It’s not usually something I’d talk about publicly, but today I’m going to. Just because I feel like talking about her. I may take this down later. We’ll see.
Today makes three years. Three years since my mom died. It seems rather impossible that we have been that long without her. Then again, the hurt has faded as much as I think it ever will. In that way the time passed is evident. For a whole year afterwards, it affected my very personality. Even when I got back to life, my friends would say to me, and about me, that I was “just not [my]self”, even though I was really trying to be.
Certainly all of us here know something about vile diseases, but MS, for me, tops the list. In many ways it is MS that enabled me to feel capable of dealing with the breast cancer. First of all, when I struggled with the diagnosis, I often told myself, “at least it’s not MS.” This might be surprising to you as MS is, for a great many people, manageable. Mom was not one of those people though. She had the less common – and worst – kind. Hers was not regressive, but progressive.
She was diagnosed when I was 4. She was the kind who really reveled in being a mom. And most of all she loved teaching. My main memory of her is staying up late and getting up early, all to grade the papers of her 3rd and 4th graders. Always with a dark mug of tea at hand, in the white cup with the big “S” on it. Her bloated old teabag perpetually on the sink – a habit I have inherited to the chagrin of my boyfriend. I loved helping her prepare her classroom every summer. I coveted the task of sliding the scissors through the extra lamination of the cheery characters she’d tape around the room. She’d take us for burgers at the local greasy spoon where all the teachers ate in the summer. I cannot imagine how it broke her heart when she had to quit, because a teacher with a walker is not well-suited to handing 3rd & 4th graders.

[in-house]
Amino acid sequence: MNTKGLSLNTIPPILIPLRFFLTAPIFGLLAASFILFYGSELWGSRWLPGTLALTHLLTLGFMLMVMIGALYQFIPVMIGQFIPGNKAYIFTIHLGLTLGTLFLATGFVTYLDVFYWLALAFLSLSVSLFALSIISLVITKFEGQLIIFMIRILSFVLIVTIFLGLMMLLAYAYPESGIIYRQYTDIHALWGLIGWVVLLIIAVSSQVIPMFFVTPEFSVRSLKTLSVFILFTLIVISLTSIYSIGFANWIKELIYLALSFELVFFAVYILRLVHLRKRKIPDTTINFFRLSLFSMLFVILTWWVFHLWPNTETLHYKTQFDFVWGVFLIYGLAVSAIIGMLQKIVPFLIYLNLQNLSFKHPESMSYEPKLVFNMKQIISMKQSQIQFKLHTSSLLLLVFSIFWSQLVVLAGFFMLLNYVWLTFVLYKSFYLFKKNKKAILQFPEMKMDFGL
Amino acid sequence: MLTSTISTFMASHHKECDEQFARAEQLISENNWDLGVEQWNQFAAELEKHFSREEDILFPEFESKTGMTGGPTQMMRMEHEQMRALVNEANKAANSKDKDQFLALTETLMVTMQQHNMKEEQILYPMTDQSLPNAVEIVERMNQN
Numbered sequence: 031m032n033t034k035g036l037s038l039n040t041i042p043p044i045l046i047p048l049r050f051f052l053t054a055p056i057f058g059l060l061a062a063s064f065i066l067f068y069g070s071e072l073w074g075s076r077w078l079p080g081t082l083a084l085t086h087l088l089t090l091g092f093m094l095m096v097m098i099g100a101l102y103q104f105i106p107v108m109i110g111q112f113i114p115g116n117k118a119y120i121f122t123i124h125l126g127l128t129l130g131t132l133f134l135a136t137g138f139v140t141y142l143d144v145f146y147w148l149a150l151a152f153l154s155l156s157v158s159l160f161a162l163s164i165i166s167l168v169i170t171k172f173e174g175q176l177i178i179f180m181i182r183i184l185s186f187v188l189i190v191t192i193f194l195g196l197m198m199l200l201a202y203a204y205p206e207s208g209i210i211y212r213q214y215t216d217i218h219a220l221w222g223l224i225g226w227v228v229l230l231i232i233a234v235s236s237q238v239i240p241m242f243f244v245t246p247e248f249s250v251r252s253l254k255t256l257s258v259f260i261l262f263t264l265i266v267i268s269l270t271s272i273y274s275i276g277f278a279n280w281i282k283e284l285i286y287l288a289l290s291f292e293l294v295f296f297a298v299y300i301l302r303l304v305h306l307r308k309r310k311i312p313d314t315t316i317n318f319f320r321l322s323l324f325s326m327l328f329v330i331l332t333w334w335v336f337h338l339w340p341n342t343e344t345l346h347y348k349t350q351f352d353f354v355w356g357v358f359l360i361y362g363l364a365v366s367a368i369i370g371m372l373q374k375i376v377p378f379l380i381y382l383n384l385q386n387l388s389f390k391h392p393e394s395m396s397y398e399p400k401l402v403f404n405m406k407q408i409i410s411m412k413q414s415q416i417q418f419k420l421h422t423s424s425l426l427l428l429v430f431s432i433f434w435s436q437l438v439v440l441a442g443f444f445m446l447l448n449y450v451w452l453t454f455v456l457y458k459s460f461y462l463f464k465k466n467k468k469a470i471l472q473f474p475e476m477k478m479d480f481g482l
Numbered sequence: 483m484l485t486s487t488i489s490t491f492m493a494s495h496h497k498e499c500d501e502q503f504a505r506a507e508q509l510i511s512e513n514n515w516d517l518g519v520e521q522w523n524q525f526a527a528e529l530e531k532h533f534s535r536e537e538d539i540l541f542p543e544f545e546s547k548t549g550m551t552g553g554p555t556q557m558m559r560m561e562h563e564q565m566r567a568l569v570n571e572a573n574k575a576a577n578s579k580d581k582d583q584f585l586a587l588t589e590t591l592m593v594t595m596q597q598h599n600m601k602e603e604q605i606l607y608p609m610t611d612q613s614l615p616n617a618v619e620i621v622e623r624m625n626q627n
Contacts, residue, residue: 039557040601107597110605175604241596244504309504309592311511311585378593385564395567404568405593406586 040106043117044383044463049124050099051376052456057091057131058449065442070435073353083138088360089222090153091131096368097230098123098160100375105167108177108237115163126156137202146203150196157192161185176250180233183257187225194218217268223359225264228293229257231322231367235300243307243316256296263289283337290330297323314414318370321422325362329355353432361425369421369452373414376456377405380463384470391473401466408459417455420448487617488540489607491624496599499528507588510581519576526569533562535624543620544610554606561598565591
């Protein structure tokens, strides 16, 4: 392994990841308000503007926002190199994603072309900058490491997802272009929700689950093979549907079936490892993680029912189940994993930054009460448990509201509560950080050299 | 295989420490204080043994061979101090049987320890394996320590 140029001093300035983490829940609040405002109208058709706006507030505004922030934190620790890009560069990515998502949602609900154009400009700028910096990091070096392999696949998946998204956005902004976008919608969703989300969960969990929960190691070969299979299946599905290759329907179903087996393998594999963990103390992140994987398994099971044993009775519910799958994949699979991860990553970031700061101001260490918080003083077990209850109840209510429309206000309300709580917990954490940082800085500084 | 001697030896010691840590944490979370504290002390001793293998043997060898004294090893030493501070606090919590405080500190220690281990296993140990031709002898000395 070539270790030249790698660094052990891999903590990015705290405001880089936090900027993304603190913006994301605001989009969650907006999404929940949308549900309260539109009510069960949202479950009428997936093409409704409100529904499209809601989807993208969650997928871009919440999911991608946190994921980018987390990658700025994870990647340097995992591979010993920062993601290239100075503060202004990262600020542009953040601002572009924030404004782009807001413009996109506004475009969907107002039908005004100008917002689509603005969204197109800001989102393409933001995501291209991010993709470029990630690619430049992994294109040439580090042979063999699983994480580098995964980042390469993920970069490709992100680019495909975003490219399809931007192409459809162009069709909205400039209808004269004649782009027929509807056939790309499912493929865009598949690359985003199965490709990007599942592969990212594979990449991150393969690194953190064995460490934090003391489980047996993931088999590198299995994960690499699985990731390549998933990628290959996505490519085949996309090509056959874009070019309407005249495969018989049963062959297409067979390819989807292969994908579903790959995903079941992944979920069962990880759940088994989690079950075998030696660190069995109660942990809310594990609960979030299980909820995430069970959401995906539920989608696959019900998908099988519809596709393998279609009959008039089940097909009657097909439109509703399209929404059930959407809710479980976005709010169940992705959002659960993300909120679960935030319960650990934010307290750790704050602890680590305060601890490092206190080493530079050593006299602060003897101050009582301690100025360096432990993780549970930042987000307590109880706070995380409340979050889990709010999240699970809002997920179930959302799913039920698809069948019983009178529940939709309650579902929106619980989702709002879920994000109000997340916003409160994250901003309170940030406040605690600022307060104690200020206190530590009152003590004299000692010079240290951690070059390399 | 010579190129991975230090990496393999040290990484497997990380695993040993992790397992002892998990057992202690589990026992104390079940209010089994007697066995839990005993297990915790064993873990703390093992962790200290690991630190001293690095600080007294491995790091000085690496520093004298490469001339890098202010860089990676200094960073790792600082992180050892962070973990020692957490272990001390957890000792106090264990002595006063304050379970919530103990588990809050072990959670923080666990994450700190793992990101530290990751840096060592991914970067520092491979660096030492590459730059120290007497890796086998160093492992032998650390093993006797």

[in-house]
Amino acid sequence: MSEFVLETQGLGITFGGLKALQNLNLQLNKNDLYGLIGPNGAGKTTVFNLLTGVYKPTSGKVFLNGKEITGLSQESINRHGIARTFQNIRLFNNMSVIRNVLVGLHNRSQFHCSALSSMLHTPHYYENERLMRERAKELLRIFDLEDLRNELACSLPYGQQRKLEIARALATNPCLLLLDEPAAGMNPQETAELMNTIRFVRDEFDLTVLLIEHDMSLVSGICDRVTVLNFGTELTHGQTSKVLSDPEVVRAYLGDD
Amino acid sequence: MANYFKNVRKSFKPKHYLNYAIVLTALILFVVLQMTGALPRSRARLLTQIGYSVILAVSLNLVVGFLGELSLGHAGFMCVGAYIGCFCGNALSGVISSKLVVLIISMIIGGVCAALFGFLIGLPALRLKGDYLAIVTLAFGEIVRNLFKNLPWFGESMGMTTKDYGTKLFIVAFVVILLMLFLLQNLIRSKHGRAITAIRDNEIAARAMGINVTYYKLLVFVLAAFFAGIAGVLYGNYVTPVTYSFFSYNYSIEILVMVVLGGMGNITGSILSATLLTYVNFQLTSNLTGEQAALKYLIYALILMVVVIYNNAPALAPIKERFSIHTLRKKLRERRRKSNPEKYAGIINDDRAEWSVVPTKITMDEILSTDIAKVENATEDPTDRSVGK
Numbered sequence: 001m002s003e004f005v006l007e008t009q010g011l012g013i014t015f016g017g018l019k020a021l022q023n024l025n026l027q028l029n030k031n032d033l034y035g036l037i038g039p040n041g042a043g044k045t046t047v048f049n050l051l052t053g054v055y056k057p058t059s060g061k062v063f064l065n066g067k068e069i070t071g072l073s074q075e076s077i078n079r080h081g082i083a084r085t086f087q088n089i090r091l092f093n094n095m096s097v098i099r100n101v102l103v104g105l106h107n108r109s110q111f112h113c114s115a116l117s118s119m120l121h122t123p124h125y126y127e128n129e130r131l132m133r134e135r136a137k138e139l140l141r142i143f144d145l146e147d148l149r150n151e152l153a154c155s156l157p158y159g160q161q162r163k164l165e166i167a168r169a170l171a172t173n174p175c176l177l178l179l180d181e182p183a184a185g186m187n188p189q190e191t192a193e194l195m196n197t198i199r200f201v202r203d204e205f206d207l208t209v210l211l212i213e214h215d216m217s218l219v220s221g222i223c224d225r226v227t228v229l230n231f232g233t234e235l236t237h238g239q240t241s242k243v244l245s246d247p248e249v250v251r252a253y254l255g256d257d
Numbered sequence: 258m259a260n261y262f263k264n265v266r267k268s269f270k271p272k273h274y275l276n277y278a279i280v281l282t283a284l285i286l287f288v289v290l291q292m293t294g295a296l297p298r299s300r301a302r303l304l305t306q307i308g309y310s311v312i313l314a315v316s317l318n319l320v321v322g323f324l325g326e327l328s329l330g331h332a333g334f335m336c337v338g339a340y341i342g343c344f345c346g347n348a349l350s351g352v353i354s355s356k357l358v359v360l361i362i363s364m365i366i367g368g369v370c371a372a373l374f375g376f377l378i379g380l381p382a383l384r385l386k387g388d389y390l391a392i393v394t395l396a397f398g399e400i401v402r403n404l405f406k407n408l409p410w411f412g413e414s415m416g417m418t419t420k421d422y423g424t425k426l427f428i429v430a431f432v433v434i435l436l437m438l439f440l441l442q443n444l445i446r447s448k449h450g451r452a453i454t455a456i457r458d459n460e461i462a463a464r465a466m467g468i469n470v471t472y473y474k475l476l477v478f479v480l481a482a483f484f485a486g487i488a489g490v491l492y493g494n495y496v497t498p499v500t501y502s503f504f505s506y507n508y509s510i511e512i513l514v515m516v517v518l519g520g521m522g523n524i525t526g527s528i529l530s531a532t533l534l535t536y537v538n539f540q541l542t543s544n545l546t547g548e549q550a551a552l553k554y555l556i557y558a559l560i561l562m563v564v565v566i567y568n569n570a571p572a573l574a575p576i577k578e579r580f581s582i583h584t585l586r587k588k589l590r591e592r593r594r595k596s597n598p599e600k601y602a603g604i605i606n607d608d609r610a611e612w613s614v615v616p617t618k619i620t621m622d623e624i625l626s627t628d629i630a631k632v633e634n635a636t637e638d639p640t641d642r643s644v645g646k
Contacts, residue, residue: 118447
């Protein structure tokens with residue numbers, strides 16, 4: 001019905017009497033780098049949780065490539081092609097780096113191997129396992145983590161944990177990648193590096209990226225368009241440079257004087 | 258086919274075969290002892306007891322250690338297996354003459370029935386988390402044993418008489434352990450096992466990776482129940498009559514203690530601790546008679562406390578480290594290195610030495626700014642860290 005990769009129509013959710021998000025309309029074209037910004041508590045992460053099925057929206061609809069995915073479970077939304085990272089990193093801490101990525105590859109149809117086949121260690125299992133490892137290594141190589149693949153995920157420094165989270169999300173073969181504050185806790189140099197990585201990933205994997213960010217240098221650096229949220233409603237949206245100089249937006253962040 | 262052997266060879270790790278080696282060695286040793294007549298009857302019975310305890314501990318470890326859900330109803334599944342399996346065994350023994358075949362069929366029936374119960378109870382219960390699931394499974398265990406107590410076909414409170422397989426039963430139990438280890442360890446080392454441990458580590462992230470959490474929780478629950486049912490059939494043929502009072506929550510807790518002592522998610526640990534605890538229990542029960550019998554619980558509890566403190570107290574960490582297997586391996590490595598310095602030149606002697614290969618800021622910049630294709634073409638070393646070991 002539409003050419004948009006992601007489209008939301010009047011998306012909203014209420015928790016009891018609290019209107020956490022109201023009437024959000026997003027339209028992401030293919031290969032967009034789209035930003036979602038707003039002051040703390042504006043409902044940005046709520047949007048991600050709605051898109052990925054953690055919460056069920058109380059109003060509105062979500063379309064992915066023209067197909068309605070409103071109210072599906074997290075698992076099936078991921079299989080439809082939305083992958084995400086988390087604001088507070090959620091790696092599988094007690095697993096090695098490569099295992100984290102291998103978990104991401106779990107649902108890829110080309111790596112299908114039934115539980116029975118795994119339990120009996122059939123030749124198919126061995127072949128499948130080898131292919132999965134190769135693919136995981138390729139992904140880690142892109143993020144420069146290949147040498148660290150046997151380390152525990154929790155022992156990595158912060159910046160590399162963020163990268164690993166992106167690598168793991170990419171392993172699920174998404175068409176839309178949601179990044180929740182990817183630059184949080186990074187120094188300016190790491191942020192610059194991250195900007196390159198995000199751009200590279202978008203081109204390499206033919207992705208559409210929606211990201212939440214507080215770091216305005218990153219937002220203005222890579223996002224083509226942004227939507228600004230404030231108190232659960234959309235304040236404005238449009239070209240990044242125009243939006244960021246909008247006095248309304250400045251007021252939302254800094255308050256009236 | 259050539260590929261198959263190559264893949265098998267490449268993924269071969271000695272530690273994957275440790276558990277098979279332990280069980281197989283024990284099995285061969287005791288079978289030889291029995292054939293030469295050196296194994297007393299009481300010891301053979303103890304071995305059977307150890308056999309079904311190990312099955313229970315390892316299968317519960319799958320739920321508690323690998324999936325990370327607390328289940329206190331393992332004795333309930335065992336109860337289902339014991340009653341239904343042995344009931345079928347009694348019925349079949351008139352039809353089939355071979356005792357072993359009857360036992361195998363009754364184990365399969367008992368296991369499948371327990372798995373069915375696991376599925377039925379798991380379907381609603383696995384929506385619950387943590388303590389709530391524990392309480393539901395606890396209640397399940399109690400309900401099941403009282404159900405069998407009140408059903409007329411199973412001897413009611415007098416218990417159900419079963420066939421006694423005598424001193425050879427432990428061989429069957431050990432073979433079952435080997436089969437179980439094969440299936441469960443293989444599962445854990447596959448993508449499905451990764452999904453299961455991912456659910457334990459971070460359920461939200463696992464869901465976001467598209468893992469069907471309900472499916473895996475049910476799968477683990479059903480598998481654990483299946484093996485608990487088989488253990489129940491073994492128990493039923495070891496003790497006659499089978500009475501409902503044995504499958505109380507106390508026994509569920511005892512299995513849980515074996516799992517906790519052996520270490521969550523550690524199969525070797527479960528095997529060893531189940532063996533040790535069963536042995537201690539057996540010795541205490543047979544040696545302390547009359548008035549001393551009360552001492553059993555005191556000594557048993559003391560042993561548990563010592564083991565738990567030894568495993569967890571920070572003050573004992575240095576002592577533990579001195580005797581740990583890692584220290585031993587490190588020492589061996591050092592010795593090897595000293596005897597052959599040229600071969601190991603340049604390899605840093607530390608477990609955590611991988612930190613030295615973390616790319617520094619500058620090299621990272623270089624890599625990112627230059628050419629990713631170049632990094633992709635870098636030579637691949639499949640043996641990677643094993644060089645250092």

As time goes on the disease changes one in so many ways, so those are the only memories I trust as authentically her. MS is a big black hole that just slowly sucks away everything. And I mean everything. For 25 years she dealt with it. For 10 of those she was in a hospital bed. I think you can see why I thought, “at least it’s not MS”. My heart goes out to the handful of people who have been unfortunate enough to be struck with both.
The other affect it had on my BC diagnosis is that I was obviously no stranger to medical woes. We had dealt with our share. What I know is, of course it all sucks and will drag you down sometimes, but overall you just have to “get on with it”. Life continues to go on, relentlessly. You can make better or you can make it worse. Some people hate the saying “just get on with it”. I think its great.
Today I’m going to start the habit of giving to the MS Foundation on her anniversary. I invite you to honor the memory of someone you love by giving to MS research, or another cause that is near to your heart, too.